By Dylan Voeller and James Nieh
1. Africanized honeybee feeding on water
I.††††††††† Principles & concepts introduced in this exercise
††††††††††† A.††††††† What are Africanized honeybees?
††††††††††† B.††††††† What makes them dangerous?
††††††††††† C.††††††† Why are they so aggressive? Predation & evolution.
How did they come to the
Africanized honeybees are of the same species as the more
well known European honeybee but belong to a different race or subspecies, meaning that they have similar characteristics
but come from different geographic regions. The two look nearly identical,
and can only be distinguished from one another by measuring differences
under a microscope and analyzing their DNA. Thus the variation between
these two types of bees can be attributed mostly to differences in behavior
as affected by climate, predator abundance, and resource distribution.† European honeybees, as their name suggests,
evolved in areas of
Figure 2.† Aggression is not just limited to Africanized honeybees! Take a look at this stingless bee attacking an Africanized honeybee.† For more information, please take a look at the exercise on stingless bee aggression.
The constant pressure from a higher concentration of predators in the tropics has also affected the evolution of Africanized honeybees, making them more aggressive since they are constantly having to ward off hungry nest attackers.† Africanized honeybees are very sensitive to alarm pheromone (the odors, smelling a bit like banana, which foragers release from their sting gland and glands located in the head when they are alarmed) and produce much more of it than European honeybees.† Africanized honeybee venom is not more painful or voluminous than temperate honeybee venom, its just that many more bees will sting!† The threshold for stinging response in Africanized honeybees is much lower; only a minor disturbance such as a slight motion, vibration, or odor is needed. A study by Collins (1985) showed Africanized honeybees respond 2.4 times faster to alarm pheromone and about 30 times as fast to a moving target! Once Africanized bees have been stimulated, they are also much more likely to respond in group attacks. During such attacks they will sting anything in sight that is moving and may pursue a source of disturbance for up to a kilometer (Winston 1992).
biology of Africanized bees, including their higher level of aggressiveness,
is thought to play a role in their successful invasion throughout the
III.†††††† Discussion questions & exercises
††††††††††† Run away in a straight line and through trees or foliage if possible (the bees will have a harder time chasing you. Also, cover your eyes/ears/face as much as is practical.
Find shelter that bees cannot get
into (a car or house for example). Stay in the sheltered area even if
a few bees come inside with you; Africanized bees (like European bees)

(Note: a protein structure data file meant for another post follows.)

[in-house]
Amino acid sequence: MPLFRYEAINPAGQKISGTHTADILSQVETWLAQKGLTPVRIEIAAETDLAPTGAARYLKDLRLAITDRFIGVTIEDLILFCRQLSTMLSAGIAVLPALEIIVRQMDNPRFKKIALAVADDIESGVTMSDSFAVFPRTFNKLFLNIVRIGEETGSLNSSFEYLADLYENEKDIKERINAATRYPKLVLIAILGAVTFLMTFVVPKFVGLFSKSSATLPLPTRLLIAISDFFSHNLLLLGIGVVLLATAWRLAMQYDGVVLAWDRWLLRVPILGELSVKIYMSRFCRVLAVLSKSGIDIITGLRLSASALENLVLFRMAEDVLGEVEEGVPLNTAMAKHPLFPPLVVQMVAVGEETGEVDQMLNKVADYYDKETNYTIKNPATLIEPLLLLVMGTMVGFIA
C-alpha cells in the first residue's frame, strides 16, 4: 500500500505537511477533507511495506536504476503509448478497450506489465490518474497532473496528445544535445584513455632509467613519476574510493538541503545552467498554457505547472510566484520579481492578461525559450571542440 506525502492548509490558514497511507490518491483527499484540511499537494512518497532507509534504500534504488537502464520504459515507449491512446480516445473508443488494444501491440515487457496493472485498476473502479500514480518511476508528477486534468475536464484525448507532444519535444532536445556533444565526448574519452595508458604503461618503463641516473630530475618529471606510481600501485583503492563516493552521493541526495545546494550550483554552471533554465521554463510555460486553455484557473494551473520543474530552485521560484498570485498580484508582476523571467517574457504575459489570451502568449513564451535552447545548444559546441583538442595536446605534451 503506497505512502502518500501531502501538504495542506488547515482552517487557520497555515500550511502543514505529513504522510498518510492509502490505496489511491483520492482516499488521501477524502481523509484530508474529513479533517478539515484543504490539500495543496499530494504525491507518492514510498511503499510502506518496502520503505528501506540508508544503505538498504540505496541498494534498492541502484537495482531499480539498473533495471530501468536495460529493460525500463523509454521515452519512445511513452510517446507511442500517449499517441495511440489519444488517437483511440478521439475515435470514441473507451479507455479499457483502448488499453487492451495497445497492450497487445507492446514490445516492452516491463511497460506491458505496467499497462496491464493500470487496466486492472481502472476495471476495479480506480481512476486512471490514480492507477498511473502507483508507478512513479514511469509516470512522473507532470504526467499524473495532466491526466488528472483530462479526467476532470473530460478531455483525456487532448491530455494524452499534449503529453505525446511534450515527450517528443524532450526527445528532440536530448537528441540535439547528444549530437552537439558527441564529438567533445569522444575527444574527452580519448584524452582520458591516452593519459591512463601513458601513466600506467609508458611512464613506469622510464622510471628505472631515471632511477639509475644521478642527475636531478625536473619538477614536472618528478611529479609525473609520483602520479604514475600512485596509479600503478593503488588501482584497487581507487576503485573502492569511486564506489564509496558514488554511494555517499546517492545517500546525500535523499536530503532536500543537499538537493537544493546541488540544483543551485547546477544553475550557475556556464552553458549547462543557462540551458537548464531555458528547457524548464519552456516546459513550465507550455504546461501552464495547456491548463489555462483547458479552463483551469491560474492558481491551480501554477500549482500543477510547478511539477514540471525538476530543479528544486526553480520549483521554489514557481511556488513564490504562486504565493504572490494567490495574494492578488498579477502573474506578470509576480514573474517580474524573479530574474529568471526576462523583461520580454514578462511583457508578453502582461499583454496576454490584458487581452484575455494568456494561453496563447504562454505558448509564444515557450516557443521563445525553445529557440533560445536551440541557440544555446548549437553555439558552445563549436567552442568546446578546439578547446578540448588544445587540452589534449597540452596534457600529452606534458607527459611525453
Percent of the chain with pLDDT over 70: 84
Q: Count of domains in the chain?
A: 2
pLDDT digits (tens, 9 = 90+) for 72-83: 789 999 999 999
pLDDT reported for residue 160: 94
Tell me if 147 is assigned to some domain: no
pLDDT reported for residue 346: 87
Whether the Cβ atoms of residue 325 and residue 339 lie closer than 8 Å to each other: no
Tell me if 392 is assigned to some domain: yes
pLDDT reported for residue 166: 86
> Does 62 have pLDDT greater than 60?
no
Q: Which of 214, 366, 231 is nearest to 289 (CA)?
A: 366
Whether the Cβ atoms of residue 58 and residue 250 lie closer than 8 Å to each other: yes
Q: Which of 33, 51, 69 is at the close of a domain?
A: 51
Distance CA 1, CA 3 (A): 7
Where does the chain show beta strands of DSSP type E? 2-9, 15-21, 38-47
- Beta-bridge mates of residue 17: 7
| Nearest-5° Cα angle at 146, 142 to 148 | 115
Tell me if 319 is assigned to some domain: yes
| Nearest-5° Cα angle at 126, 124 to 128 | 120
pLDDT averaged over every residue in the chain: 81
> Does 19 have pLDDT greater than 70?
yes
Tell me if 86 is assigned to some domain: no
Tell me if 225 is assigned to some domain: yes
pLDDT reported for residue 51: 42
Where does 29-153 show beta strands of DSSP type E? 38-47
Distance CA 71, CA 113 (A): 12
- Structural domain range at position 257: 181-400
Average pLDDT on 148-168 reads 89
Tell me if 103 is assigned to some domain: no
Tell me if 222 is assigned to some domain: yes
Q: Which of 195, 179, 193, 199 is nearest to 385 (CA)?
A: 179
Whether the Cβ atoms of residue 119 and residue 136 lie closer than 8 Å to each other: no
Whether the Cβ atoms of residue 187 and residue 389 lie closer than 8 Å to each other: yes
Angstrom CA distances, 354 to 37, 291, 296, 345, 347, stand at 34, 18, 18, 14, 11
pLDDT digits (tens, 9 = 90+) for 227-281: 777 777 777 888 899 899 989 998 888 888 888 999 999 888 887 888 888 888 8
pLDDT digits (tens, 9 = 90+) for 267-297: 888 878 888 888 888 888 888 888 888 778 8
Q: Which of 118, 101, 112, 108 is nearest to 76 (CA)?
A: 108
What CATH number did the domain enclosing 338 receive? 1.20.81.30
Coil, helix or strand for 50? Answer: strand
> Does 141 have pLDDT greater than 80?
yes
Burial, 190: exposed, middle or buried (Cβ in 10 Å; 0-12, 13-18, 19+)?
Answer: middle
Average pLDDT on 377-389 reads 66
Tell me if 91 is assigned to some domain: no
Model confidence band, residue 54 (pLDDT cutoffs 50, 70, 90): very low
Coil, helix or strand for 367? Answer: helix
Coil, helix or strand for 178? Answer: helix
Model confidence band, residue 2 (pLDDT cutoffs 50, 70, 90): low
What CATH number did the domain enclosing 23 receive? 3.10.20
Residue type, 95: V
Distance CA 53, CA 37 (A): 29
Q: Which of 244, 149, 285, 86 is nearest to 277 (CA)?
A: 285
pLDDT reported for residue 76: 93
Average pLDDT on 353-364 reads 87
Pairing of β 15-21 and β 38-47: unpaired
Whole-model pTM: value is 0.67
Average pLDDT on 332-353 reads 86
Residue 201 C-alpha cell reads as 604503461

will die after stinging once, and it is better to deal with a few bees
than a whole swarm.†Do not allow
yourself to become trapped in any area you can't get out of:
people have died as a result of hiding in caves with only a single exit.
Do not jump into water: there is a danger
of drowning as a result of panic, and when you surface for air the bees
can follow and sting you.
Do not jump into water: there is a danger of drowning as a result of panic, and when you surface for air the bees can follow and sting you.
Remove the stings as quickly as possible, because they continue to release venom after you are stung.† Wash areas where you have been stung and apply ice if swollen.† If you have difficulty breathing, are allergic to bee stings, or have been stung more than a few times contact a doctor as soon as possible.
B.†††††††† If you met an Africanized honeybee on a flower far away from its nest, would it be more dangerous than a normal honeybee?
††††††††††† No.† Africanized bees are aggressive only if they are being threatened, or if an intruder comes too close to their nest.
C.†††††††† Aside from humans, what animals are bee predators?
††††††††††† Many types
of animals attack beehives in order to obtain food from the honeycomb,
or to use the bees themselves as food.†
Mammals are the most destructive predators because they exclusively
feed on the honeycomb, usually tearing it apart with their strong limbs
and claws.† Common predators include bears, sloths, badgers, and some birds. Even small predators
such as ants and wasps can be deadly to bees, either because they are
too small to effectively sting, or because they have good armor.
Even small predators such as ants and wasps can be deadly to bees, either because they are too small to effectively sting, or because they have good armor.
D.††††††† Do bees have effective defenses against these predators?
Yes, bees can use threatening behavior (buzzing around an attacker) and ultimately they can sting (releasing painful venom) to ward off or even kill an attacker. Bees are stimulated to attack by vibrations, dark colors, hair, and carbon dioxide. This makes sense because mammals, which are common predators of bees (see above), are hairy, often dark colored, and exhale carbon dioxide.† If you think about this you will realize that bees are drawn towards attacking sensitive areas around the head of a common predator.†
Some websites offering further information on Africanized bees:
Collins, A.M., 1985. Africanized
Crane, E., 1990. Bees and beekeeping:
science, practice, and world resources.
Ratnieks, F., and Visscher, P.K., 1996. Sinaloan beekeepers adapt pollination to Africanized bees.
M.L., 1992. Killer bees: the Africanized
honey bee in the